“Hayots Ashkhar” welcomes the military exercises in Nagorno-Karabakh and President Serzh Sarkisian’s stark warning to Azerbaijan, saying that it was all the more necessary in the run-up to the upcoming OSCE summit in Astana, Kazakhstan. “Clearly, these military exercises are a certain message to the mediators pursuing the conflict’s resolution and -- why not -- the Azerbaijani side: that Armenia will not allow anyone to talk to it and Artsakh from a position of force, that Armenia and Artsakh are committed to the conflict’s peaceful resolution,” writes the paper. “At the end of the day, the best guarantee of peace is to be prepared for war.”
For “Chorrord Inknishkhanutyun,” Sarkisian’s statements were a “grave blunder in the political sense.” “The text was certainly good,” writes the pro-opposition daily. “But it should have been uttered by the NKR president … Serzh Sarkisian is openly stating that Armenia’s army is deployed in Karabakh, Aghdam.” It says this fact will give more ammunition to those who denounce Armenia as an aggressor.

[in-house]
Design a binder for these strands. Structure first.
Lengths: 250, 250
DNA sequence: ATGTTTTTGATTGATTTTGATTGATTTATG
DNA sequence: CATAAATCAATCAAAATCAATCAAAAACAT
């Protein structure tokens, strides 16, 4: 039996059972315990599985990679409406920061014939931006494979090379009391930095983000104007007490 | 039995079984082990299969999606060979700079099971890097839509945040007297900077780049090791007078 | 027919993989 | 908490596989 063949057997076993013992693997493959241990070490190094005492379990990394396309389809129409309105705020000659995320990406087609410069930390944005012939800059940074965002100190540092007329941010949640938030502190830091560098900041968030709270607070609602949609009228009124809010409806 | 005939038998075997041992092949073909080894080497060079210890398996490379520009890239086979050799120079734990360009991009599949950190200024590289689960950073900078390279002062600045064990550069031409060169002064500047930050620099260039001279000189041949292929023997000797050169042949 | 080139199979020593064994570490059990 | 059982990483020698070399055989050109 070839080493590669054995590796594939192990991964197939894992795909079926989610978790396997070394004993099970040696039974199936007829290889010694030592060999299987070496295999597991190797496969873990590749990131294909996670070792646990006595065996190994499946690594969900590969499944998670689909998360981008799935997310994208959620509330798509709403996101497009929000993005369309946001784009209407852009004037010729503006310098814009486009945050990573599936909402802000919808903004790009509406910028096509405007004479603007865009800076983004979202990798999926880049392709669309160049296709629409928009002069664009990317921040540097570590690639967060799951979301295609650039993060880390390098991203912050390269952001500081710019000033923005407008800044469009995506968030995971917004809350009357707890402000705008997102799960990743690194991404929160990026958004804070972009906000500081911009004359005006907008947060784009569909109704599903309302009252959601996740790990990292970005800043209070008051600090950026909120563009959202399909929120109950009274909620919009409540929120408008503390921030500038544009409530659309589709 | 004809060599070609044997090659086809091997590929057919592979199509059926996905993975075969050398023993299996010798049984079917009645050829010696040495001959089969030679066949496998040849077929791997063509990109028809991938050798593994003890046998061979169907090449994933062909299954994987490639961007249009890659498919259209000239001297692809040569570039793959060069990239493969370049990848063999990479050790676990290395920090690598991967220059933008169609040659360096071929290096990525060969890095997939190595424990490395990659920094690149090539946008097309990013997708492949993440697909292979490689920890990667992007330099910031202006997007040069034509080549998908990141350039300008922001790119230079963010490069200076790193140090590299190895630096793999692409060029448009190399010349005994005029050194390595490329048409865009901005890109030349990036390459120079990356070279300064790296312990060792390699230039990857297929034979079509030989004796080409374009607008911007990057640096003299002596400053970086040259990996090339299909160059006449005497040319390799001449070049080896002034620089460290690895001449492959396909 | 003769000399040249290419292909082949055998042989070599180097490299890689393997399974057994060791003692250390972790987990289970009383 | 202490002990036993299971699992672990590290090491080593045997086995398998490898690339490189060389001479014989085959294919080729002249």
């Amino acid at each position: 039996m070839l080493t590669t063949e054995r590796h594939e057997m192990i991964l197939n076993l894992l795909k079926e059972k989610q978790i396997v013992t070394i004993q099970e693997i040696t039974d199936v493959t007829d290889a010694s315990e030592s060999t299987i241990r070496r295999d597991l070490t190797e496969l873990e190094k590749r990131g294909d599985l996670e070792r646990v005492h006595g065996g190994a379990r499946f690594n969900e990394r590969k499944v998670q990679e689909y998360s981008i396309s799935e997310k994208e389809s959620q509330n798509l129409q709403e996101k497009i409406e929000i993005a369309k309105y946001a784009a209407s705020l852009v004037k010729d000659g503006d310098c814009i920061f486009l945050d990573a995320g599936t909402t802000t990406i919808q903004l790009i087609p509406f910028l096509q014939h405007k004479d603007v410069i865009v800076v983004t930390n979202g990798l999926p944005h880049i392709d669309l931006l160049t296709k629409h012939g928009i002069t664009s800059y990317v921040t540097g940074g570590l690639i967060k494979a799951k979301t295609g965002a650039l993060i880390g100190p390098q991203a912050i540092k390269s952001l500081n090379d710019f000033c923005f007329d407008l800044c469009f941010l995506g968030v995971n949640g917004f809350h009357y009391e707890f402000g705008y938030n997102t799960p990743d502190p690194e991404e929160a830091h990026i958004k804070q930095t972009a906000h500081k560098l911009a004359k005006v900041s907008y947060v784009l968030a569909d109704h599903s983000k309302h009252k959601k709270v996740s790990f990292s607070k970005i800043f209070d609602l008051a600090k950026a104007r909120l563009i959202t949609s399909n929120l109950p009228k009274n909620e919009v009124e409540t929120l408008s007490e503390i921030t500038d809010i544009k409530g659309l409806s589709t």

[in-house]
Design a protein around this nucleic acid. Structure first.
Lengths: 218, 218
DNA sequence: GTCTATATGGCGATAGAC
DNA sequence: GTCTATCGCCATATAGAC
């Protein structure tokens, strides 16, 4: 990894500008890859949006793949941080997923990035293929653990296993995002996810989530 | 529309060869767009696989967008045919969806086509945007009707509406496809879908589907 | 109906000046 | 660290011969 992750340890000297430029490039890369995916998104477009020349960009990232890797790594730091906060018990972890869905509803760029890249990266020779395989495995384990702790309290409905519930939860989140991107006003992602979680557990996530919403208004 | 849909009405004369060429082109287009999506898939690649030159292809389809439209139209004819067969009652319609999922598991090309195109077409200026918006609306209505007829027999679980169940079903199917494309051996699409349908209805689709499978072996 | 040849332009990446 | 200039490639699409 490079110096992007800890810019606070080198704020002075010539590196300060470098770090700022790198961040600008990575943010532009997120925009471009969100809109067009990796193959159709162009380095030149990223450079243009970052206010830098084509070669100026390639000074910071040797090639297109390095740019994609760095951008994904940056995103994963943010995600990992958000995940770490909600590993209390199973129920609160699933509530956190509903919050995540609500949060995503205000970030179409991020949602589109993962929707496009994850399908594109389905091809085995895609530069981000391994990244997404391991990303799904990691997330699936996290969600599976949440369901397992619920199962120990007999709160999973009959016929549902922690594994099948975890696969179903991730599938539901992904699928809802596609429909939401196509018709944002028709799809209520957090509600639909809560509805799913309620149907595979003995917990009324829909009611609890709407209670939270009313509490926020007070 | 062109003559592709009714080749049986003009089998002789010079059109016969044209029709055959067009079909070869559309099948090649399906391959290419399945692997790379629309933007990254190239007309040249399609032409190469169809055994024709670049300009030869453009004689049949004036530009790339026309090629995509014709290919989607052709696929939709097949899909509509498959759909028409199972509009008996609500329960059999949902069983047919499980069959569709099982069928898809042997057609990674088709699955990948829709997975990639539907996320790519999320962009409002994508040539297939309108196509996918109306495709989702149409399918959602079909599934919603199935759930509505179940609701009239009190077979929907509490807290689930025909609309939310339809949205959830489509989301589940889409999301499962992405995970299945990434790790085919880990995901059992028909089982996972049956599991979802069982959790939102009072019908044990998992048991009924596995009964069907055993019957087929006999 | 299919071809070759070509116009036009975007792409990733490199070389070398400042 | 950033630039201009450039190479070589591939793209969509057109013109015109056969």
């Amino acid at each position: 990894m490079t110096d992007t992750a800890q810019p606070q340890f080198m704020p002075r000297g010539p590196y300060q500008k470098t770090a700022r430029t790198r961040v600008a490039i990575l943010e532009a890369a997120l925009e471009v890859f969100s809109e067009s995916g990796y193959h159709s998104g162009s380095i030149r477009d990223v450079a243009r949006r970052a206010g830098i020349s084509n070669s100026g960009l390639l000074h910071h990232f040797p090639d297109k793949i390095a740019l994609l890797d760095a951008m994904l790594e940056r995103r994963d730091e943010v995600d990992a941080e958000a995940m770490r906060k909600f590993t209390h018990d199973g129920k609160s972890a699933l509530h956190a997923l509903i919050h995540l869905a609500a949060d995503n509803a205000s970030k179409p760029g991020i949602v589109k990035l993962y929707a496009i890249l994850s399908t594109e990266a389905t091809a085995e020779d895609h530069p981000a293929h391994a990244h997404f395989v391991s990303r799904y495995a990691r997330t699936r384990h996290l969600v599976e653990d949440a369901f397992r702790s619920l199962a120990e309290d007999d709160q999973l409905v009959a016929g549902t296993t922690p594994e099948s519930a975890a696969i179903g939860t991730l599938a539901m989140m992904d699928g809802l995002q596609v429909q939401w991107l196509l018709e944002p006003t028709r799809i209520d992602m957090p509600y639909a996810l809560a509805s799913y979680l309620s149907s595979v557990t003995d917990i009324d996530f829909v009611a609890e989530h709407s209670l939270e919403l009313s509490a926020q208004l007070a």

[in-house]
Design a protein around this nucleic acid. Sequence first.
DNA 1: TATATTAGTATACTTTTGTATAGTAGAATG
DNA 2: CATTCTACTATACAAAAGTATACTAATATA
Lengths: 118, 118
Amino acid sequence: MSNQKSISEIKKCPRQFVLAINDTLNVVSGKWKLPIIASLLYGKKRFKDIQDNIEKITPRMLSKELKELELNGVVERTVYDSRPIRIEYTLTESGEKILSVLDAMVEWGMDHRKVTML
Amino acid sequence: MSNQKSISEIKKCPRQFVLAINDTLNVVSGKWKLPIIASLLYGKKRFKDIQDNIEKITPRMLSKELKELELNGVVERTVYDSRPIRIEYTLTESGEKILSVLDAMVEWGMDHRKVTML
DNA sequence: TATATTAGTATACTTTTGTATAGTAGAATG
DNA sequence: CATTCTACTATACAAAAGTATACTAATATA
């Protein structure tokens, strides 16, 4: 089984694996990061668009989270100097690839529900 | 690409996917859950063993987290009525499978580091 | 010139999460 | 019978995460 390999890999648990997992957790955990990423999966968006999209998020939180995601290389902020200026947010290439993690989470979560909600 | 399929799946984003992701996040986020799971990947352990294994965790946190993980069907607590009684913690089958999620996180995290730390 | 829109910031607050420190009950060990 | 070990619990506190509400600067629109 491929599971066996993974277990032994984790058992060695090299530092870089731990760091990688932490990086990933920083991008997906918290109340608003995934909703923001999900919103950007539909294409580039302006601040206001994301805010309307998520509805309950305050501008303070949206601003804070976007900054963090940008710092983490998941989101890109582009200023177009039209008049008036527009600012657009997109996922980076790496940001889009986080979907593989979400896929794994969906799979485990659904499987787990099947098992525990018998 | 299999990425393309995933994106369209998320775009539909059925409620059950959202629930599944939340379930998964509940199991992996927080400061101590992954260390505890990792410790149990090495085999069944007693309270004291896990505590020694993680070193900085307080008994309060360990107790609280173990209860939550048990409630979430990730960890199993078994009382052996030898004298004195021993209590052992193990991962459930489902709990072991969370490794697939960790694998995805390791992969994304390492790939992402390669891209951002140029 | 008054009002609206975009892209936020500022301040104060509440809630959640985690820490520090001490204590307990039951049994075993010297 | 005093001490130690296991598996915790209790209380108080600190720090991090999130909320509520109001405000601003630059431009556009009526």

“Aravot” carries an interview with a entrepreneur from Gyumri who says he wants to relocate his business to Georgia. “First of all, Georgia is similar to us with its mentality and habits,” says Mushegh Minasian. “I think of my children, I don’t want to change and get spoiled. Georgia has a fairly large Armenian community, they can stay Armenian. Georgia today is a country of law.” Also, tax rates in Georgia are much lower than in Armenia, argues Minasian.
“Haykakan Zhamanak” presents detailed data on the scale of price rises observed in Armenia this year. The paper says it makes nonsense of President Sarkisian’s recent claim that the consumer price index has increased by only 4.8 percent. “This means that neither Serzh Sarkisian, nor lower-level officials know what is happening outside their offices, apartments, country houses, refrigerators and cars,” claims the paper. “They don’t know and don’t want to know. Nor do they care. They think that if they have tons of cash and don’t feel that bread, butter, sugar and cheese have become more expensive, then others don’t feel that either.”
“Kapital” reports that the combined profits of Armenia’s commercial banks rose by almost 15 percent to 86 billion drams ($240 million) in the first nine months of this year.